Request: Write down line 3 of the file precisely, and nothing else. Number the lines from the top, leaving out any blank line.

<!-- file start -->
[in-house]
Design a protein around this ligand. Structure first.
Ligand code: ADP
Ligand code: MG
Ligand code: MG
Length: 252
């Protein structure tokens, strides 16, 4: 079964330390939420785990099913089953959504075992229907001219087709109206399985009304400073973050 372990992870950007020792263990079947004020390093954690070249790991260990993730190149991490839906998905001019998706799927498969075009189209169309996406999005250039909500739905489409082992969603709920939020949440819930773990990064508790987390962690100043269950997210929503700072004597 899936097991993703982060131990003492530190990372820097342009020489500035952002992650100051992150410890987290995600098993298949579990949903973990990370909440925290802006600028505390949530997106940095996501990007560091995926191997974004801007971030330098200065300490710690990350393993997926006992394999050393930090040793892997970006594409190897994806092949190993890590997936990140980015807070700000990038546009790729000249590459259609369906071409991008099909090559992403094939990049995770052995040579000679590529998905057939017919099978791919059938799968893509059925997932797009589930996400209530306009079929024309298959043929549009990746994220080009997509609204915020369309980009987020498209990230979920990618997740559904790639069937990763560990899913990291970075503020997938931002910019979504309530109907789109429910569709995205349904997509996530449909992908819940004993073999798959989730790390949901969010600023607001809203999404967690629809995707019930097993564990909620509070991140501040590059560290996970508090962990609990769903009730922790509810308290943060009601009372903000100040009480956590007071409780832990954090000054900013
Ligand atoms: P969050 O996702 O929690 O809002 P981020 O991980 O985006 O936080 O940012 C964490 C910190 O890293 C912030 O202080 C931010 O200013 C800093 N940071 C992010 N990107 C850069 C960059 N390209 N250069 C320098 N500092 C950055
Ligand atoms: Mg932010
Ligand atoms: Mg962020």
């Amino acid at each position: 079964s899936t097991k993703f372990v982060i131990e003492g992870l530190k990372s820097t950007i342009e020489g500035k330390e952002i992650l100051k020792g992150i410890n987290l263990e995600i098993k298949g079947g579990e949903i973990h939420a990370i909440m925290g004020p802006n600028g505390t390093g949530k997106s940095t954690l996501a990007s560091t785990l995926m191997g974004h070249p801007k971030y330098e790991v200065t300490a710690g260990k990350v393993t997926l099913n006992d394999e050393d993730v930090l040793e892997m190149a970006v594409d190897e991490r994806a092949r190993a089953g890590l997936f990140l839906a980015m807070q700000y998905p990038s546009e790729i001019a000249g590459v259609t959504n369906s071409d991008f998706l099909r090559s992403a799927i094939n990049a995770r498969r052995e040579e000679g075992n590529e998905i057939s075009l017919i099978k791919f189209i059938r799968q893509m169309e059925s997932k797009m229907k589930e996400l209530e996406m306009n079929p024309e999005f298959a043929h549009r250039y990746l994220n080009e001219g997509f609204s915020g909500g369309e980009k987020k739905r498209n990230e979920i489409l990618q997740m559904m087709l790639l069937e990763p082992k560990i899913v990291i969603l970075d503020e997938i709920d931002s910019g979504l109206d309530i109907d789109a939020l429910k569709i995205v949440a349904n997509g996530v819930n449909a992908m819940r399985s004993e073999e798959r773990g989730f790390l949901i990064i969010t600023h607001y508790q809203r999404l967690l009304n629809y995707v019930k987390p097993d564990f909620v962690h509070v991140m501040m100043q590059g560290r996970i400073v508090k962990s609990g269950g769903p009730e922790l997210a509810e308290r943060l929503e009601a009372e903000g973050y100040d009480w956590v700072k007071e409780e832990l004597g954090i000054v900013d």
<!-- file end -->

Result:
Ligand code: ADP